update from the reader who wanted to tell her manager that their team’s work quality sucked

Remember the letter from the software engineer wondering how to tell her manager that their team’s work quality sucked? Here’s her update.

About the time this was being discussed on your forum, someone pinged me with a business analyst position at another local company. I applied for it, had several rounds of interviews that went well, and I start in two days. I’m very excited!

At the same time, I was exploring this new opportunity, I was honestly and diplomatically trying to discuss the situation with my supervisor to see if I could make improvements. He always just said that if I wanted to do something (like design the screens that were assigned to the offshore developer), I should speak up. When I commented that assignments should automaticaly go to the person with the best skills for that task, he got annoyed and insisted that he should not have to assign work, we should all just take tasks upon ourselves. I found it really fascinating that the was putting the onus on me to yell and demand that I be allowed to do my own job and also that he washed his hands of the management responsibility of seeing that the right people were doing the right tasks.

He insisted that he wanted all of his staff to do any and all work so that the team didn’t miss anything. I’ve worked on teams like that when we all had the same job title and no specialists like business analysts were on staff. If you don’t have BA’s, then yes, the developers do their own requirements. But if you do hire a business analyst, why in the world would you not use her? He just didn’t see it that way.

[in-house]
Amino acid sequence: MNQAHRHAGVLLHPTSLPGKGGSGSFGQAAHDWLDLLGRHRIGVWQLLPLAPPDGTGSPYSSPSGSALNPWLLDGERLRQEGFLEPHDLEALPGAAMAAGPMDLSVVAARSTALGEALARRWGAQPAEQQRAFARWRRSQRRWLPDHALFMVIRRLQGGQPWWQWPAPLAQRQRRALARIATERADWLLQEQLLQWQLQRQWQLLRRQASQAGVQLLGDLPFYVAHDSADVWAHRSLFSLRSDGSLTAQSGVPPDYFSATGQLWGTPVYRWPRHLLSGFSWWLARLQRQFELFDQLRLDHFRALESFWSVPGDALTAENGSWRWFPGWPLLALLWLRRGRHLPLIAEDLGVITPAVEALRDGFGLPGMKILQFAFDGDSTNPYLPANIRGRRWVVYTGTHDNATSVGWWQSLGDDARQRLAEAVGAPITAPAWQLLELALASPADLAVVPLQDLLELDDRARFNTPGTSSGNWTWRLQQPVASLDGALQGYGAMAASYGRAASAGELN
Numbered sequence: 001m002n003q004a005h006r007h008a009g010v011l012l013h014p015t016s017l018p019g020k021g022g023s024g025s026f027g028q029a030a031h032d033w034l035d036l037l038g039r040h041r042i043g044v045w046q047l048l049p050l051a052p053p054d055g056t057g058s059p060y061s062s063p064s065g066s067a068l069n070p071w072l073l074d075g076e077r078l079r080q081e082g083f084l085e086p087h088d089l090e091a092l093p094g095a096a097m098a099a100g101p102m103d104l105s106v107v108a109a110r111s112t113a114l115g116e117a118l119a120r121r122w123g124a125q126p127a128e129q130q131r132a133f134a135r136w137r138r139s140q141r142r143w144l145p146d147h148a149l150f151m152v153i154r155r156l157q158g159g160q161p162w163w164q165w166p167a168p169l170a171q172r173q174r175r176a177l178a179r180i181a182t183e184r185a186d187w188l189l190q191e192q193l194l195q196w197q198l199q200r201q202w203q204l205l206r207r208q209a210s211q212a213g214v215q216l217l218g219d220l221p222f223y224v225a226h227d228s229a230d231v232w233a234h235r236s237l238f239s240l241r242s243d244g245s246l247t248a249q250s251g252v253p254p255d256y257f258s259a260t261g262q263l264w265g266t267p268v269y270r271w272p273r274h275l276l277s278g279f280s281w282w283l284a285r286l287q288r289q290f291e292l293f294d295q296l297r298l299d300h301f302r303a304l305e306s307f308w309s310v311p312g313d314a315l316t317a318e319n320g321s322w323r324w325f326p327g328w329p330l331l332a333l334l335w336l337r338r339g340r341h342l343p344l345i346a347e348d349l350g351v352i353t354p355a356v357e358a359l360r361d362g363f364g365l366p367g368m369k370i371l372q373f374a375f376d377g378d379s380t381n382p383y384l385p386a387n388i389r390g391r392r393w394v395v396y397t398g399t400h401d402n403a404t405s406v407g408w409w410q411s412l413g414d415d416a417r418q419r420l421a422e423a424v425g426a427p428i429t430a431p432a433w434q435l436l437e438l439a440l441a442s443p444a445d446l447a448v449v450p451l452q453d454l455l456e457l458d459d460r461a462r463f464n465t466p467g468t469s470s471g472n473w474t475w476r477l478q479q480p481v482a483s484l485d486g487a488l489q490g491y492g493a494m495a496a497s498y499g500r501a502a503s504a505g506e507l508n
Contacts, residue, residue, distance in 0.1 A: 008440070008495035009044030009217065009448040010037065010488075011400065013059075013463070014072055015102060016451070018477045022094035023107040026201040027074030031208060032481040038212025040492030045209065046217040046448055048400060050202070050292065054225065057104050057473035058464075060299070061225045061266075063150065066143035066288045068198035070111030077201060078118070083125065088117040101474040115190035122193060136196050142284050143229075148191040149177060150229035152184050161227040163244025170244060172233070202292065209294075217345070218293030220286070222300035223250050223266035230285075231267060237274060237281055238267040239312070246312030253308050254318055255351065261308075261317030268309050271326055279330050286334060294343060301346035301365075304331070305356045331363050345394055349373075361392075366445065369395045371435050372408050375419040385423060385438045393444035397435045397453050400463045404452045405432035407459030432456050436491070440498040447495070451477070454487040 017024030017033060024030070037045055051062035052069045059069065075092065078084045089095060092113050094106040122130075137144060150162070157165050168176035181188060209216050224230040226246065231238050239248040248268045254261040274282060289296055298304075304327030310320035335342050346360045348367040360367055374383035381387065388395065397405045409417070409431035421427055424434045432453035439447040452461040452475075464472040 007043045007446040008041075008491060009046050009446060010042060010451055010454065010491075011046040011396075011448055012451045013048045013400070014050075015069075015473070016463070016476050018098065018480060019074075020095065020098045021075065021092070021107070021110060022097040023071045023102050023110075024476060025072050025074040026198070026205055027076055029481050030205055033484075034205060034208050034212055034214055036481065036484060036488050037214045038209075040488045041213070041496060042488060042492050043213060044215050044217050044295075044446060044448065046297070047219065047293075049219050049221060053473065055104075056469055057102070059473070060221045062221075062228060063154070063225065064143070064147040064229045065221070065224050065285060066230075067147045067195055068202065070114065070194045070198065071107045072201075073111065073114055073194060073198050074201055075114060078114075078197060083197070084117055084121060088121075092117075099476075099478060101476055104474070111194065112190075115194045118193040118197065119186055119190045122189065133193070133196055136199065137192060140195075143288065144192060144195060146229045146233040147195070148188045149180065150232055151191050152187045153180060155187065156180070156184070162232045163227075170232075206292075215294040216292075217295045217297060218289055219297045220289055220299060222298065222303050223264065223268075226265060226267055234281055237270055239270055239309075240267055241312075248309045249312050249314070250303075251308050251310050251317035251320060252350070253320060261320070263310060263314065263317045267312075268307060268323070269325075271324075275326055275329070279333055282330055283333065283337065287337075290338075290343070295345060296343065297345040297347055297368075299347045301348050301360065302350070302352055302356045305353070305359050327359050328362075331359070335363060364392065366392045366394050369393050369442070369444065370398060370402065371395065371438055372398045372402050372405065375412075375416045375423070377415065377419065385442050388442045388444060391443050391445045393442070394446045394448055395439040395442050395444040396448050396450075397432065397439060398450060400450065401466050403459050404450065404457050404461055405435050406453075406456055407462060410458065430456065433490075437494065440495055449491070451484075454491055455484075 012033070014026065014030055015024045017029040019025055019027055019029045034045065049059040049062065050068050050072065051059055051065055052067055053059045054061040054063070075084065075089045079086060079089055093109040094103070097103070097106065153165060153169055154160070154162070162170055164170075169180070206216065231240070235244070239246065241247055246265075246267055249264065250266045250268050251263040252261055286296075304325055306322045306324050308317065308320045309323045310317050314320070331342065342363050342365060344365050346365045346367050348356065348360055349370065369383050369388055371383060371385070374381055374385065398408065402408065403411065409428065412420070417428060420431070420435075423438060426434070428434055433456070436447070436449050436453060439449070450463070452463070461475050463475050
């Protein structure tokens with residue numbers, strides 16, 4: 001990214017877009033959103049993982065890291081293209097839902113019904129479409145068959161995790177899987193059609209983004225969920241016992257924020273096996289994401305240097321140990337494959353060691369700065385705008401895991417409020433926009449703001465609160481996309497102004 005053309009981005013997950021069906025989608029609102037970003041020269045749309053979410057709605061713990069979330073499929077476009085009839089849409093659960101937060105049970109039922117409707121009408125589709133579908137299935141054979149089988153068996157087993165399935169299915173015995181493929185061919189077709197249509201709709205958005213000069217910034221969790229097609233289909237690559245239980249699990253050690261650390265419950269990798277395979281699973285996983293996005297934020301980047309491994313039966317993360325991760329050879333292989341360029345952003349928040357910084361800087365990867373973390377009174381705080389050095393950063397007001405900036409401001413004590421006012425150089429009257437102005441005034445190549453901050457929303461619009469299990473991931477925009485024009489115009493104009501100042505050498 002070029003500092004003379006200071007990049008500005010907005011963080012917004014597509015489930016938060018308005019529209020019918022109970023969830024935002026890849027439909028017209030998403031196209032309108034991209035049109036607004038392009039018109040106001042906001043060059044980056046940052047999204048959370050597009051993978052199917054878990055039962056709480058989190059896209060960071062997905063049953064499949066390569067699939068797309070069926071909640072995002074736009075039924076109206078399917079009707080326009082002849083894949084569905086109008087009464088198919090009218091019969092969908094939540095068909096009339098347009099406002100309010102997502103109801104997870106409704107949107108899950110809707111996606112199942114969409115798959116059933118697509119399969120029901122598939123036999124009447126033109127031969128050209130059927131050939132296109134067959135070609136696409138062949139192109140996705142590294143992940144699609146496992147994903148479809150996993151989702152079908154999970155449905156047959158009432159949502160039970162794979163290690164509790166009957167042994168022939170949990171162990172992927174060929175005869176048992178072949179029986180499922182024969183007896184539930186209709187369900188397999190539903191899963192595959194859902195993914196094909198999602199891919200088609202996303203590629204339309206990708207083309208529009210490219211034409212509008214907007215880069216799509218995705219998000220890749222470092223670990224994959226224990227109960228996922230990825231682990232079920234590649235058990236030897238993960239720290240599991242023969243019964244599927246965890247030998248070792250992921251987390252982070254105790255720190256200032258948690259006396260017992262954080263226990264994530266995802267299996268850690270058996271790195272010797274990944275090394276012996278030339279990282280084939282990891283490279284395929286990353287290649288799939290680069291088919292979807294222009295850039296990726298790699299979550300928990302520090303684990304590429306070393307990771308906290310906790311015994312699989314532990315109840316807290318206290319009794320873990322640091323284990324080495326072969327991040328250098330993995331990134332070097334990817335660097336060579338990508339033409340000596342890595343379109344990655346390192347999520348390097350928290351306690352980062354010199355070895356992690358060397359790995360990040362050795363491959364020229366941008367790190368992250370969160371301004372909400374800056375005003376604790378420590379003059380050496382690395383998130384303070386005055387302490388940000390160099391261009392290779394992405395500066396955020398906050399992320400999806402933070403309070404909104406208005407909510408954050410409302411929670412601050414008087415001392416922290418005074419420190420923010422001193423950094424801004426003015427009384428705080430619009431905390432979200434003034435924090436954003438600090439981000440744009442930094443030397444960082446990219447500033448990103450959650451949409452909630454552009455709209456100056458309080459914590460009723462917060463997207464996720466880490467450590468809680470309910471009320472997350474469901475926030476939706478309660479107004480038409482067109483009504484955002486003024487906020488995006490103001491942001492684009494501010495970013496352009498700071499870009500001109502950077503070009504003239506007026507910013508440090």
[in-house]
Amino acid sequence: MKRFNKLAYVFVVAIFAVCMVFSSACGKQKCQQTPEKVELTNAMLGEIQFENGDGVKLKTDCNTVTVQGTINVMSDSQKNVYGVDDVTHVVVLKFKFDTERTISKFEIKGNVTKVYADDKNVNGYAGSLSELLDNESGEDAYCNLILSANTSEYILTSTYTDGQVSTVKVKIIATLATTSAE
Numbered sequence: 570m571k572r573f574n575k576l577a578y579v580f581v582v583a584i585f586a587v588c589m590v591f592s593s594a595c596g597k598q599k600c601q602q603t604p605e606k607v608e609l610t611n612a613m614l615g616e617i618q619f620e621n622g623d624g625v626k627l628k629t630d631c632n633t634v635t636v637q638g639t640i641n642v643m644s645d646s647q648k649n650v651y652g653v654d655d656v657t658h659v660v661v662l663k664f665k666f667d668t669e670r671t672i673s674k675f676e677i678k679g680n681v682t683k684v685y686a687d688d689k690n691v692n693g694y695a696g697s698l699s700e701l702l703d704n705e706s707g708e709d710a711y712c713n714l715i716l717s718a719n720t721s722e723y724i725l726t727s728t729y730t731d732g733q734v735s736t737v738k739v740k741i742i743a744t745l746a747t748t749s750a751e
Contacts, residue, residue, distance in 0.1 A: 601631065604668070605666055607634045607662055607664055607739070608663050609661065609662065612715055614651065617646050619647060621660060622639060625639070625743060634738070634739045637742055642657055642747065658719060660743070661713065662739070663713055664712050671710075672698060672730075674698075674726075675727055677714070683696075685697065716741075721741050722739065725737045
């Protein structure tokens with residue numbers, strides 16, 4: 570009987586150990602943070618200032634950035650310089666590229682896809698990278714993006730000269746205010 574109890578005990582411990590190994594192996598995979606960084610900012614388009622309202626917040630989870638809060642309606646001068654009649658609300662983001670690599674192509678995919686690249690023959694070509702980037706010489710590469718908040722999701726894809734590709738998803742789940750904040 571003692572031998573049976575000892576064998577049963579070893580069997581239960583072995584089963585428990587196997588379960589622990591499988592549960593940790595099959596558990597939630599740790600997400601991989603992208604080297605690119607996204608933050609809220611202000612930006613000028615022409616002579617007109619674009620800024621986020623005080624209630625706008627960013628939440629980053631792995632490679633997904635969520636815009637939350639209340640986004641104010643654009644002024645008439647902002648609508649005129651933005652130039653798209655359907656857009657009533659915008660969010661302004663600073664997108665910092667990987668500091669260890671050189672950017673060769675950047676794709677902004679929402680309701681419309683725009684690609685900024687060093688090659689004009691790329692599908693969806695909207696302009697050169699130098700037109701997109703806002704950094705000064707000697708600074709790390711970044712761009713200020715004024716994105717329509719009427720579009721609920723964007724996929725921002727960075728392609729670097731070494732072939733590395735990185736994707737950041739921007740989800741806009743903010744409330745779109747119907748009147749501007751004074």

The best part is that about a month ago, he handed me a quality improvement checklist/plan — not as a performance improvement thing, just a general HR-says-everybody-should-do-this-to-make-sure-our-work-is-the-best thing. So I identified “helping the team put out better quality,” with the first action item being to level-set what my job was and formed a discussion with him around that. That didn’t work either, it just got us into a repeat argument of the things mentioned above and he would escalate into sort of browbeating me into agreeing with him. I was actually just agreeing that we disagree, because I knew I was working on my own solution and didn’t want to get into a shouting match with him.

The icing on the cake, which I find very funny? The job ad for my replacement has this added to it: “Must work well with ambiguity and take initiative.”

{ 45 comments… read them below }

  1. AdAgencyChick*

    What kind of manager doesn’t want to assign work? If I didn’t do that, I’d get all kinds of volunteers for the most interesting tasks, and the tedious stuff would just sit. Not really — my direct reports are both superstars — but it’s still a manager’s job to see the big picture and who does what best, not the direct reports’!

    1. Jane*

      I chuckled to myself when I read your comment and noticed your user name. As a newbie to the agency world, I’ve run into many people who supervisors in name only. Been trying to determine if it’s in the industry itself or just my specific world.

    2. Jane Doe*

      Yeah, this sounds like a recipe for a situation where multiple people are claiming they’re best at X because X is held in high regard, and the one person who’s actually good at it doesn’t.

      My guess is that the manager in this situation doesn’t know which of his reports are good at what and are hoping they will tell him by volunteering.

  2. A Bug!*

    “Must work well with ambiguity and take initiative.”

    Well, you should feel good about yourself for bringing about that change. You’ve basically ensured that any attentive applicant is going to be immediately on alert for signs of disorganization and poor management.

    Also, congratulations!

    1. Meredith*

      I once worked somewhere that had major organizational and internal communication issues. After I left, all job postings had that exact line written in. I consider it a major red flag.

      Perhaps there are some industries where the nature of the work causes ambiguity to be unavoidable on a fairly regular basis. It doesn’t seem to be the case in most of the places I find, though.

  3. Anonymous*

    It sounds like that workplace just wasn’t your cup of tea. Congrats on the new job!